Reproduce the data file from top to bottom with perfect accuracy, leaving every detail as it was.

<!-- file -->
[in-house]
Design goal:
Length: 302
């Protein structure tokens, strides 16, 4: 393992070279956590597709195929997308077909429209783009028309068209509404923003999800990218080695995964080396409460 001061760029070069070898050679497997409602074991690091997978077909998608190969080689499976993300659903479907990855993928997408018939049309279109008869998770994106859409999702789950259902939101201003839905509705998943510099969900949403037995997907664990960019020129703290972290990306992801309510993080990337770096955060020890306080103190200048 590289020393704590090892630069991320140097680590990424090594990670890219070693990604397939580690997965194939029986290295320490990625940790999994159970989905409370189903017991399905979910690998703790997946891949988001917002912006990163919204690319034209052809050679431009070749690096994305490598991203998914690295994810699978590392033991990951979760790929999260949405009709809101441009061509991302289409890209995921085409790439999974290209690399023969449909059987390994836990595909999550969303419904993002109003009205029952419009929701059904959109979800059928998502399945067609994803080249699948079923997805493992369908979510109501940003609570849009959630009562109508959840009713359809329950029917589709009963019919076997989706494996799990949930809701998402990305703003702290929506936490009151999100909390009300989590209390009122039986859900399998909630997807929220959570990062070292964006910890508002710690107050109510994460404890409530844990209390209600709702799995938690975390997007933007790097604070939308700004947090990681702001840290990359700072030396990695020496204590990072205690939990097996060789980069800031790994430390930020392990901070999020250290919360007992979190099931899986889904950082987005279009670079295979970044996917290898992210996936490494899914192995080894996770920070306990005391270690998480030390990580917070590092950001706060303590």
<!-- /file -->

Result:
[in-house]
Design goal:
Length: 302
């Protein structure tokens, strides 16, 4: 393992070279956590597709195929997308077909429209783009028309068209509404923003999800990218080695995964080396409460 001061760029070069070898050679497997409602074991690091997978077909998608190969080689499976993300659903479907990855993928997408018939049309279109008869998770994106859409999702789950259902939101201003839905509705998943510099969900949403037995997907664990960019020129703290972290990306992801309510993080990337770096955060020890306080103190200048 590289020393704590090892630069991320140097680590990424090594990670890219070693990604397939580690997965194939029986290295320490990625940790999994159970989905409370189903017991399905979910690998703790997946891949988001917002912006990163919204690319034209052809050679431009070749690096994305490598991203998914690295994810699978590392033991990951979760790929999260949405009709809101441009061509991302289409890209995921085409790439999974290209690399023969449909059987390994836990595909999550969303419904993002109003009205029952419009929701059904959109979800059928998502399945067609994803080249699948079923997805493992369908979510109501940003609570849009959630009562109508959840009713359809329950029917589709009963019919076997989706494996799990949930809701998402990305703003702290929506936490009151999100909390009300989590209390009122039986859900399998909630997807929220959570990062070292964006910890508002710690107050109510994460404890409530844990209390209600709702799995938690975390997007933007790097604070939308700004947090990681702001840290990359700072030396990695020496204590990072205690939990097996060789980069800031790994430390930020392990901070999020250290919360007992979190099931899986889904950082987005279009670079295979970044996917290898992210996936490494899914192995080894996770920070306990005391270690998480030390990580917070590092950001706060303590």